Toni, Dash, and I just returned from our trip to New York City, where we visited with friends, shopped a little, and saw the sights. I had only been to NYC twice before (and neither time for very long); however, Toni used to live there, and I was really looking forward to seeing the city through her eyes - as well as watching Dash take it all in for the first time. This was also our first vacation together as a family, and all of us were in need, I think, of some time away from our "normal" existence - a chance to see things through a new perspective as visiting a new place can only help you do.
There's nothing like taking a baby into the big city to do all that.
If you read happydash.com at all, then you already have the sense that we are blessed with an unbelievably sweet (and almost universally happy) son. I love taking him to new places, watching how he takes in an entirely new experience. It gives me some clues about how we're meant to interact with the world - seeing how he observes, remains neutral, and then - nearly every time - smiles at whatever/whomever he's just met. I think that he's taken my typically optimistic view on life to an entirely new level, in just a short almost-7 months of existence.
For me, the things that I tend to find the most rewarding involve human contact. Sure, physical contact is nice, but I'm also talking about that feeling that you get when you and another person have managed to truly communicate and touch, within each other, that spot where your soul, your common humanity, resides. You share something meaningful, you smile, you get the sense that, at least in this moment, you really KNOW that person. And they know you back. That's the kind of thing that makes me really grateful to be alive, to be a human on this here planet.
So I was actually kind of nervous about going to NYC. The couple times I had been there before were fun enough, but I still couldn't shake Jim Croce's soundtrack from my mind (that's the reason that I gotta get outta here...I'm so alone...etc.). It's not that I didn't find New York to be exciting, but more that the people I would see there seemed so isolated and shut down by the sheer volume of other people/stimulation that I would find it difficult to be who I am - open, communicative...friendly.
Initially, as Toni and I carried Dash into the city, I was prepared to defend Dash from the barrage of the city and any negativity he might encounter. From the moment we stepped onto our first subway train, however, I could tell that things were going to be VERY different during this NYC experience. No sooner had we walked onto the subway car than someone immediately got up to offer Toni (who had Dash at the moment) his seat. Amazing!
And then Dash did what I always do - he started scanning the faces of the people around him on the subway. So many people - so many different lives all intersecting at that one moment.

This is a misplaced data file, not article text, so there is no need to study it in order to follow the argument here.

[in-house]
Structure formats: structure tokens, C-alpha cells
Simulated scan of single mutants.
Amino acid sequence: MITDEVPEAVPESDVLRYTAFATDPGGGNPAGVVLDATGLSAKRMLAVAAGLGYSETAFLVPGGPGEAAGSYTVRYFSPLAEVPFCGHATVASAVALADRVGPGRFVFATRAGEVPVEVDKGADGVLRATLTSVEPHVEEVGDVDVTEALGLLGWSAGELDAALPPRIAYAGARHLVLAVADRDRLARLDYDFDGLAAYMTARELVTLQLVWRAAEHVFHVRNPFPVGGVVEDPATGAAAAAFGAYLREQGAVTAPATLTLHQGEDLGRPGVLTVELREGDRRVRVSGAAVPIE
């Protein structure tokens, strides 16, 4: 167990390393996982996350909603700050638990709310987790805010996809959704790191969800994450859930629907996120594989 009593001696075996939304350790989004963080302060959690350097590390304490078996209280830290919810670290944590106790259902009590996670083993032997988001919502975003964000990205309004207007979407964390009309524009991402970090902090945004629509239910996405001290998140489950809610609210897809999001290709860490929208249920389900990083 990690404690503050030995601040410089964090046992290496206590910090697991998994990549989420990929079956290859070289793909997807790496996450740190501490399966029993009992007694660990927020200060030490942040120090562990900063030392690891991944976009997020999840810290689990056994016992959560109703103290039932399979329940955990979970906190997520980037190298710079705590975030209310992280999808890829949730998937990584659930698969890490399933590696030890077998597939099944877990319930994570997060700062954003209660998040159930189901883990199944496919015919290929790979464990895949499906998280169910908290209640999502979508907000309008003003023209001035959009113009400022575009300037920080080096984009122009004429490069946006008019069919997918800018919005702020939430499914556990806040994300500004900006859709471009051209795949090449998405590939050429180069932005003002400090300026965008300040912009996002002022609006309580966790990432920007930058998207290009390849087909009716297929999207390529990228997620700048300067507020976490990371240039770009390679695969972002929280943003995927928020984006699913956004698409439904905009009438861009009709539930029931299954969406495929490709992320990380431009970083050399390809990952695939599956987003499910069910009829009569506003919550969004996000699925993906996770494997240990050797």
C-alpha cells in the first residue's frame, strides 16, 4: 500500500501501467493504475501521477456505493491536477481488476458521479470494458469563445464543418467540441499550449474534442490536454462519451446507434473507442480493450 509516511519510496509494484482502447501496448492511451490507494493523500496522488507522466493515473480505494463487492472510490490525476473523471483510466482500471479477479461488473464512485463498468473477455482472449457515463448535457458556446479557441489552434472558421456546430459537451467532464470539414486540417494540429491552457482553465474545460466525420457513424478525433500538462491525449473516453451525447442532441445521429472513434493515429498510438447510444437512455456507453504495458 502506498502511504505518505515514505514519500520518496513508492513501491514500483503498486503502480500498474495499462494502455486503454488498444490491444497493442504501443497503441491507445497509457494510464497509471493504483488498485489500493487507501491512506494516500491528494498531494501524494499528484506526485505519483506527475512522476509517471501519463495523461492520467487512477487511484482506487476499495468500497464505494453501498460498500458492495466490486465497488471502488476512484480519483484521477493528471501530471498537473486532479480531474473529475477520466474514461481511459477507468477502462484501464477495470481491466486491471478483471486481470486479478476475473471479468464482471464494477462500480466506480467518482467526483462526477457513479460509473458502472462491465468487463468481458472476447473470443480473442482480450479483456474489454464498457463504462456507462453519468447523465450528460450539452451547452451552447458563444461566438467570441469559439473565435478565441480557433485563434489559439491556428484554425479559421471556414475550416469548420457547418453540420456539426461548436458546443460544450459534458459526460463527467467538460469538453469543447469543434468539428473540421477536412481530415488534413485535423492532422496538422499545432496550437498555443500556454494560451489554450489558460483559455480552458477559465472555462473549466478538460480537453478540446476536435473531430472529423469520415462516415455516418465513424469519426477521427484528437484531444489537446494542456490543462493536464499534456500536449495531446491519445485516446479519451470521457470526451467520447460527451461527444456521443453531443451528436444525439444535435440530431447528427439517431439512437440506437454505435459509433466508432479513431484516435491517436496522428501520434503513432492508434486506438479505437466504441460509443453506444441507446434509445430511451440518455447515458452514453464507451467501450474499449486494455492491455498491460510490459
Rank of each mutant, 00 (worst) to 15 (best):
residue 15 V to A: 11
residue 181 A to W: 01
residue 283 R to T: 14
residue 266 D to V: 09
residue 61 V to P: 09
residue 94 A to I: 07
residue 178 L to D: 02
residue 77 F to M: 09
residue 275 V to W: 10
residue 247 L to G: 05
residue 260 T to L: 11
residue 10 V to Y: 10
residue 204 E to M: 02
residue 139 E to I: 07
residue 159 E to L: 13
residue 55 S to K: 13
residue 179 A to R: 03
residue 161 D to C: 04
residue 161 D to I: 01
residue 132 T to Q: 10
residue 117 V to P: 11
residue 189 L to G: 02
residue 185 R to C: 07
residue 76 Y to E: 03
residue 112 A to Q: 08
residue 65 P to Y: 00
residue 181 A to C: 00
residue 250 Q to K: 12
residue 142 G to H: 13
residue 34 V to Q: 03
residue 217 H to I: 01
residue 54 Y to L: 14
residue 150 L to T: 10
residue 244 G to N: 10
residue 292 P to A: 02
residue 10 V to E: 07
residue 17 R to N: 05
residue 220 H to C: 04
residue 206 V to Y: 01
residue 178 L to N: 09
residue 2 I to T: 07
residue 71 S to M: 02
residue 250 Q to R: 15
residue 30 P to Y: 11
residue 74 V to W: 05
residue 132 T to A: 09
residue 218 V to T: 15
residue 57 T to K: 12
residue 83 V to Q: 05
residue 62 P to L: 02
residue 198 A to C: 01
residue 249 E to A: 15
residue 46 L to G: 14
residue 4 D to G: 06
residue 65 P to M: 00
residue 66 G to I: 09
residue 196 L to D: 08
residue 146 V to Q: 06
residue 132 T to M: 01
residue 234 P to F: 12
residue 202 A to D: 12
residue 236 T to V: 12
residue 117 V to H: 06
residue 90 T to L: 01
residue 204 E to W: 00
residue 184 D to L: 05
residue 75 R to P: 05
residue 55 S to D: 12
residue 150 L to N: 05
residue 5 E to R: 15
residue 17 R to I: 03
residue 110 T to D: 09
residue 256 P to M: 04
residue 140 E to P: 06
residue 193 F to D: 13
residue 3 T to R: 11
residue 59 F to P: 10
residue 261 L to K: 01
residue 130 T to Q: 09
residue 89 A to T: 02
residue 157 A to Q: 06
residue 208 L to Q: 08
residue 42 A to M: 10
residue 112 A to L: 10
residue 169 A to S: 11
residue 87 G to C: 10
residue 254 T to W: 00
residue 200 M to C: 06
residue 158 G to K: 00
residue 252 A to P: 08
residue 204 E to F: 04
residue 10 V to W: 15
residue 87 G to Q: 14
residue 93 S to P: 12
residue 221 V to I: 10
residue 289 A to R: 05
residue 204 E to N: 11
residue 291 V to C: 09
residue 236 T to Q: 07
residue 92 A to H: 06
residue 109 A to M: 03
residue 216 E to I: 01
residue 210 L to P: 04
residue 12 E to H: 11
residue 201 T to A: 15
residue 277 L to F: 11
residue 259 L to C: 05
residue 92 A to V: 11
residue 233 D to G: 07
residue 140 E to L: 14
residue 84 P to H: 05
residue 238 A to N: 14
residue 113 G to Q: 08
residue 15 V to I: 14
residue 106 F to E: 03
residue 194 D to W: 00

Now most of you probably have experienced the "subway stare" - which is essentially that other people on the train stare off into space ahead of them, doing their best to pretend that they are anywhere but right there with you. You almost NEVER get eye contact or a smile - and when you do it's more often than not c-r-e-e-p-y. But this experience with Dash was entirely different. As HE glanced around that subway car everyone else glanced back. As HE smiled at people they all couldn't help but smile. As he looked, smiling, back-and-forth from these new people to his parents, these other people made eye contact with us, as well, smiling, nodding, and clearly enjoying the moment. In those first few minutes of New York City life, my son had managed to transform the lives of all the people on the subway with him - including ours.
Dash has this thing that he does - we call it "magic hands" - where essentially he holds his hands out, arms outstretched, and makes these slow, mystical motions, as if he's conjuring up the world in front of him. We joke about how he must think that he's controlling his experience through these intentional, deliberate gestures. In those moments on the subway it was clear that he was, in fact, the master of all that was happening before him. And we were all much better for having been mastered.
That wasn't the only mystical experience we had in the city, of course. For now, however, I'll leave you all with this photo from our Union Square experience - watching a spiritual healing take place. The guy in the yellow is the one getting healed, the one with the dreads is the one doing the healing. Of course as the whole thing went down we had no idea what was happening - we just watched the giant dreadlocked fellow select a spot (about 20 feet away from us), sit down with his...healee(?), and, out of nowhere, generate these bursts of sound - some of the purest tone that I have ever heard come from a human being - which were directed at the healee. If not healed myself, I certainly felt intrigued (which is how I even know what was going on - since I asked the yellow-shirted guy about it after the healer had gone off to kiss all the trees in the park).
New York City is a spiritual place. That dreadlocked 7-foot-tall healer practiced handstands next to us for about 10 minutes after he completed the aforementioned round of tree-kissing. Yes, it's a spiritual place, and I'm not going to let the fact that the dreadlocked dude got suddenly got a call on his cellphone change my mind about it.